How do you fix a broken femur?
If you or a loved one have a femur fracture, then the probability that you or they will need surgery is very high. The femur is the biggest bone in the body and is surrounded by a lot of muscle and tissue. A femur fracture is a break anywhere in the femur bone. This can be all the way from the hip joint, down to the knee, and any anywhere in between. Breaking it usually causes a lot of pain, I should know, I’ve broken both of mine.
What kinds of femur fractures are there?
Femur fractures fall into three main categories. Fractures of the hip, fractures of the shaft, and fractures of the femur near the knee (we call this a distal femur fracture). Fractures of the hip normally happen in people who are very old who fall, or in young adults who are involved in a high energy trauma. Hip fractures come in many different varieties, but suffice to say, that anyone who breaks their hip will need surgery. The hip doesn’t heal on its own and is incredibly painful without surgery. It doesn’t matter the age, or even if the person didn’t walk before they broke it, failing to fix a broken hip can have disastrous results. I don’t see too many femur fractures in my practice in Colorado Springs, but I used to work at a level 1 trauma center where I saw and fixed many.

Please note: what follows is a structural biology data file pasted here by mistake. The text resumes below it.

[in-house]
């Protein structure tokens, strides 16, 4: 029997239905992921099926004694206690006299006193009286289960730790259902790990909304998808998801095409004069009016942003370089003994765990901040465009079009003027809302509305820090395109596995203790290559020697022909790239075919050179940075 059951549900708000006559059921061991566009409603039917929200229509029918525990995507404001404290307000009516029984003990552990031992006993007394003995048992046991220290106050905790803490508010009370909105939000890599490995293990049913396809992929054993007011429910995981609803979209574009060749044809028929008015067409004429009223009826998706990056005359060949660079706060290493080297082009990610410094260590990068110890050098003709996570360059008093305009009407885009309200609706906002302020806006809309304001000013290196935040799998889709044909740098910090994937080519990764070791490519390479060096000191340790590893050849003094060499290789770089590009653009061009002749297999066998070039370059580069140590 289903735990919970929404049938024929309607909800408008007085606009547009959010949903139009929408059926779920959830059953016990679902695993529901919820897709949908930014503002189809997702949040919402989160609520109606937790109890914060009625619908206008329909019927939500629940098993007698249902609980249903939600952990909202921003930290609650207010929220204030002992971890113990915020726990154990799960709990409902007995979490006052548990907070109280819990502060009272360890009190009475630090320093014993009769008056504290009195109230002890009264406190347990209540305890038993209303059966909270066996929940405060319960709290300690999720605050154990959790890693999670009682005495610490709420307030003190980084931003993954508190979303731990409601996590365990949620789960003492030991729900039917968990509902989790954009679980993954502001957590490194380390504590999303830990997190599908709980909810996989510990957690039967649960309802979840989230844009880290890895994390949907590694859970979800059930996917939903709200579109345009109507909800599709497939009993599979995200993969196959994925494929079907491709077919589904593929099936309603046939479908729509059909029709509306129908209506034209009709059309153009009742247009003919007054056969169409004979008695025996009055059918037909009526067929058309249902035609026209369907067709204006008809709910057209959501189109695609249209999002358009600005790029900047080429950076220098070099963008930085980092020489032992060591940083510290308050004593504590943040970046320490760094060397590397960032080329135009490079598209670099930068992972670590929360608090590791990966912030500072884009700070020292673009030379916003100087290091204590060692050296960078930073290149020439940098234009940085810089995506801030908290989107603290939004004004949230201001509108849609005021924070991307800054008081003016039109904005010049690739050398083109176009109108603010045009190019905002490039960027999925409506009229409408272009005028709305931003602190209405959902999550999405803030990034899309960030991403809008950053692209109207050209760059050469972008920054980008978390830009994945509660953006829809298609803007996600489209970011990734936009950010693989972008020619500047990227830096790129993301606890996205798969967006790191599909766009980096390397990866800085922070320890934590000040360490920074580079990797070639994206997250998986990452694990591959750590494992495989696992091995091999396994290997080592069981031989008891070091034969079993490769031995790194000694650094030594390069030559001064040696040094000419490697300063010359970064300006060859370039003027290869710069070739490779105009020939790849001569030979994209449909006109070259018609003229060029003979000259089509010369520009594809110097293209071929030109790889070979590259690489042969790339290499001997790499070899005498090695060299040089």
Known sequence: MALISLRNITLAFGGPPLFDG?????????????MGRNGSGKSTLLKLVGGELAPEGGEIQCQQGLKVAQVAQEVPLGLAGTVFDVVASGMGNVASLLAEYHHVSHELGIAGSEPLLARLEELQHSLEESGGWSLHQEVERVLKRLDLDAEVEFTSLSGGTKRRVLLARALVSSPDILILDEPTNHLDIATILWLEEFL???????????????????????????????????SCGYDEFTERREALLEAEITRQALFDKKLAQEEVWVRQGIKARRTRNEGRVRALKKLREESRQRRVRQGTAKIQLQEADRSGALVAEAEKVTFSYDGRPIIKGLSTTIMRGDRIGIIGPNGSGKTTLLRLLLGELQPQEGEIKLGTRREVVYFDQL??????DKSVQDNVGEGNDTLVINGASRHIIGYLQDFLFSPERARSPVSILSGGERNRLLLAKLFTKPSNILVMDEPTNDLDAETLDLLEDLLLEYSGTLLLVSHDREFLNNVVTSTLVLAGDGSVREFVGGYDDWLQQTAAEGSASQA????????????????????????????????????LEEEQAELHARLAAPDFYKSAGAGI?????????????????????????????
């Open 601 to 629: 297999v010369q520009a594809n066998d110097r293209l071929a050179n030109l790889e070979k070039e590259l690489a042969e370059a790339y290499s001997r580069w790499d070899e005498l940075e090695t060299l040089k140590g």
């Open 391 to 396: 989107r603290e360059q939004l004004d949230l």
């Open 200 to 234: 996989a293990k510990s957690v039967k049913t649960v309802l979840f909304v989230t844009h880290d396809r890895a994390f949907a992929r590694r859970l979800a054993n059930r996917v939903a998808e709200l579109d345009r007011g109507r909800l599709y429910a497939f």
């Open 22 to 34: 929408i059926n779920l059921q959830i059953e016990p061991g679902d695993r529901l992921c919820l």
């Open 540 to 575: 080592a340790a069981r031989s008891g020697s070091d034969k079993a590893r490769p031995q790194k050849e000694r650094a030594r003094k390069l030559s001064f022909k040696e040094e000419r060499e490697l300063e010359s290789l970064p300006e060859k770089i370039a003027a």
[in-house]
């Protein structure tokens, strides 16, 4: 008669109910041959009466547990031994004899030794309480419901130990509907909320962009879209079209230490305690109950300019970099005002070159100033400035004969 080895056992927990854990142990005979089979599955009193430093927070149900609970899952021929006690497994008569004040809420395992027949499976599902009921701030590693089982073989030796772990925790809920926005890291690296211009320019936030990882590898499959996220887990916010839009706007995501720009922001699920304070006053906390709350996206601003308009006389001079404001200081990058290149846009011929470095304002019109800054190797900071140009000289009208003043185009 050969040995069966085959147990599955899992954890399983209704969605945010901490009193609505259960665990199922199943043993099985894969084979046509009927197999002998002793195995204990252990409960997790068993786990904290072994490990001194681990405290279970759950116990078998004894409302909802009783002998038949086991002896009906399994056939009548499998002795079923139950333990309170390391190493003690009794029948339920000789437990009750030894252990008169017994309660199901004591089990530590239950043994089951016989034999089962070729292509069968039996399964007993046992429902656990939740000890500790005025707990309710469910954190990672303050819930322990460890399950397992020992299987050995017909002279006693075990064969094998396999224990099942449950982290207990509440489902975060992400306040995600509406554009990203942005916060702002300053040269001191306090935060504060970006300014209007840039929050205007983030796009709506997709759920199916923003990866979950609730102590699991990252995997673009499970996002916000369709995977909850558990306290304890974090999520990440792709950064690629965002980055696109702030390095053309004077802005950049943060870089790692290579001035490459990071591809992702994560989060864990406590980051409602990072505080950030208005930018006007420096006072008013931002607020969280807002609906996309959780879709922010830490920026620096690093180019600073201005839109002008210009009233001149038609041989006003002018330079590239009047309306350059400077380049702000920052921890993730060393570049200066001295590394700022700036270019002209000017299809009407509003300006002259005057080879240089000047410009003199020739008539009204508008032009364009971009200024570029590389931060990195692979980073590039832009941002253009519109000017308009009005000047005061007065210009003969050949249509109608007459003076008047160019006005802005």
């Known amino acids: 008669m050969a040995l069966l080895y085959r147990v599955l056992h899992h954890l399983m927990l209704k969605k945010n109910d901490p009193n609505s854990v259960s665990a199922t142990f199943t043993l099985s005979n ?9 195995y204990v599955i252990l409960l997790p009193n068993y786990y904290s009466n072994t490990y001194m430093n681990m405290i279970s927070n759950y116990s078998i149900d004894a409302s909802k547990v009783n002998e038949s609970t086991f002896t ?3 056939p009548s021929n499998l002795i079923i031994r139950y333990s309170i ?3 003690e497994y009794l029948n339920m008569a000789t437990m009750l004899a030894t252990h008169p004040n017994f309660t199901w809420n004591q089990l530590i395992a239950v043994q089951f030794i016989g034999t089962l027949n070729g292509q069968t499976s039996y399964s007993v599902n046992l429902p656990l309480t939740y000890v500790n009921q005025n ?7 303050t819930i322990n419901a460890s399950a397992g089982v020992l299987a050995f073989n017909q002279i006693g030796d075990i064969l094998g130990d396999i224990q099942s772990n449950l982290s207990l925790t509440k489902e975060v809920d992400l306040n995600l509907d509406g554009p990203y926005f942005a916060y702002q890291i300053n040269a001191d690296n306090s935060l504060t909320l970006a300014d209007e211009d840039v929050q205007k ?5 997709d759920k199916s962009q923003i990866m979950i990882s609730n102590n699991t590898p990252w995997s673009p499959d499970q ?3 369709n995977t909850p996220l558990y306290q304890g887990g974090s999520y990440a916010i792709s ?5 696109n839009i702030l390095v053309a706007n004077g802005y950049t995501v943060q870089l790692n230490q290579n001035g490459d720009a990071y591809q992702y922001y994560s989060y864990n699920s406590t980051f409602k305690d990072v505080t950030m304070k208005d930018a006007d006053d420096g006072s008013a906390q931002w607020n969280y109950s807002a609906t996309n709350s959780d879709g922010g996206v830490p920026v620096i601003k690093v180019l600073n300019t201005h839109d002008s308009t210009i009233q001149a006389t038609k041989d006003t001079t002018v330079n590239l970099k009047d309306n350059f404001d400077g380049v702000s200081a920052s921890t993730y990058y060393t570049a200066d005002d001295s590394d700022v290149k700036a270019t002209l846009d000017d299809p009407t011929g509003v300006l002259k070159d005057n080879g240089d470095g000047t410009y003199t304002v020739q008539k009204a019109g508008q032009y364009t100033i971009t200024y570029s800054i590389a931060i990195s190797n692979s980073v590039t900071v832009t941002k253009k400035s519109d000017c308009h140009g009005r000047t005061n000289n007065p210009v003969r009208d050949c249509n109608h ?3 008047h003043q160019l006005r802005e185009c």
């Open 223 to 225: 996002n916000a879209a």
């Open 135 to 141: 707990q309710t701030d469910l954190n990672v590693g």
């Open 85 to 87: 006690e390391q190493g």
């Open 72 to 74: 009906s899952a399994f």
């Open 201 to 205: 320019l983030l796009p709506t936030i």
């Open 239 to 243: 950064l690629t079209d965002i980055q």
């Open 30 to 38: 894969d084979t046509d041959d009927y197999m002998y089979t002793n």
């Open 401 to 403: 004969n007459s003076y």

Femur fracture of the shaft means that the break occurred right in the middle of the bone. In almost all cases of adults, a broken femoral shaft means that they need surgery. Like a broken hip, a femur fracture of the shaft just doesn’t heal. Thankfully today we gave great technology with intramedullary rods, which can allow quick and stable fixation. In the past, people would have to be in cast and traction for months. That being said, a child under the age of 5 who fractures their femur will likely get casted.
Fractures of the femur at the end of the bone, near the knee joint also need surgery. Again, in adults they don’t heal well on their own and will require a plate and screws, followed by a period of non-weight bearing.
The treatment for femur fractures has come a long way over the decades. Technology allows for minimally invasive surgical fixation with great results. In Colorado Springs there are over 60 orthopedic surgeons, many of whom treat femur fractures. If you are not from Colorado Springs, then likely wherever you are there will be a surgeon who is well versed in treating femur fractures.
I hope I was able to answer your questions about how you fix a broken femur. If you still have any questions or want to schedule an in person or virtual consult, please feel free to contact me.
-Written by Dr. Daniel Paull